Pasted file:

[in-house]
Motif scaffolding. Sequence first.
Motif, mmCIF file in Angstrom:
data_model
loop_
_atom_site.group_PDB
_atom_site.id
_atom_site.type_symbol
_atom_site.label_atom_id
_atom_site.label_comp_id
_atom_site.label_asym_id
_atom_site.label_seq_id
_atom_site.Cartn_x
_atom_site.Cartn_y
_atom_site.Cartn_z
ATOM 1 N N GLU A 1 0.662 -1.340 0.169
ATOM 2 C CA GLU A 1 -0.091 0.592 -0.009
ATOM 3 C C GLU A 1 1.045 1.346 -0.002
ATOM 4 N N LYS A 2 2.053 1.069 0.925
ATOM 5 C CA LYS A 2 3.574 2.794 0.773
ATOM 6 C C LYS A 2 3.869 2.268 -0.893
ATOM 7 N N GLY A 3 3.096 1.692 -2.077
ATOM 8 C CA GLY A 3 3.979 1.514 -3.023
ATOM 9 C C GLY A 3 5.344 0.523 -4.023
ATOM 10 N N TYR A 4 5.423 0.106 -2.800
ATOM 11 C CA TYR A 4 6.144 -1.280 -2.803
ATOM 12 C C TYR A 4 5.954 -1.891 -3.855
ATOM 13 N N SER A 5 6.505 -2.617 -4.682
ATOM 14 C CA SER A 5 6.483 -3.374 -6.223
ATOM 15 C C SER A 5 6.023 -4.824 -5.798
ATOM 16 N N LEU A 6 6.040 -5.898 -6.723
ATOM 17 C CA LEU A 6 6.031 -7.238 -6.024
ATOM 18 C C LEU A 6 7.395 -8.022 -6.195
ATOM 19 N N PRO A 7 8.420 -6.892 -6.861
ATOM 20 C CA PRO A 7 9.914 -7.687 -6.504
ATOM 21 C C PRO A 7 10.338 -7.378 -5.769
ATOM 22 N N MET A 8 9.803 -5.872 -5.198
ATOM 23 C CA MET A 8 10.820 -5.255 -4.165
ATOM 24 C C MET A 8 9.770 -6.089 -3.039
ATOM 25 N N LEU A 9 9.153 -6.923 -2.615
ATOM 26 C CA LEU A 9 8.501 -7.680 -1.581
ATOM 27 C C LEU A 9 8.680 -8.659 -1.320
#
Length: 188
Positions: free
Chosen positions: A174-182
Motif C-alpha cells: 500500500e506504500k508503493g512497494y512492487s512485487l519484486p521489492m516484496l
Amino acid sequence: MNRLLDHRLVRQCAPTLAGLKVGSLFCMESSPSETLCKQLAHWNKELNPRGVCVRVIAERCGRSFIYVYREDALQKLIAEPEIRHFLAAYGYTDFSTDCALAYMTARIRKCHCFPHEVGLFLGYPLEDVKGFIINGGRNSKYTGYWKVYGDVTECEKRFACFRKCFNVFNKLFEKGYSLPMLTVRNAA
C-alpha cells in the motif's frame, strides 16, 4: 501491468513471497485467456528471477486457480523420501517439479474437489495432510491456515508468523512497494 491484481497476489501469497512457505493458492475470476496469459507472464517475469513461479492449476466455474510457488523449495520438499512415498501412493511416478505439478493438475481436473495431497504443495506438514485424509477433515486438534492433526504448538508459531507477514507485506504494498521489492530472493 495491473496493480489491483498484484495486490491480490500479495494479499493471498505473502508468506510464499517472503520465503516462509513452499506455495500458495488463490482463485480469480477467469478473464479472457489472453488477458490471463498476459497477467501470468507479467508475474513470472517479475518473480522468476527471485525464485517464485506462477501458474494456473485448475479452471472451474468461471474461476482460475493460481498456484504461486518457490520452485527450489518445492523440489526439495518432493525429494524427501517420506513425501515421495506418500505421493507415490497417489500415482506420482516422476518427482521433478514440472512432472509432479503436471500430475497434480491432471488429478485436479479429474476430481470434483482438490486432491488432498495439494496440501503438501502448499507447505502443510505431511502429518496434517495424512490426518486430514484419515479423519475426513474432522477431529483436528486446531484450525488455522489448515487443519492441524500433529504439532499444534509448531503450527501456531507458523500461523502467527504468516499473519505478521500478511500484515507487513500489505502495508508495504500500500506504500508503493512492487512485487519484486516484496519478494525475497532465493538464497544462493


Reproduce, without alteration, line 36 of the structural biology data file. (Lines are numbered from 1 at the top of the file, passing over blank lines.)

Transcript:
ATOM 21 C C PRO A 7 10.338 -7.378 -5.769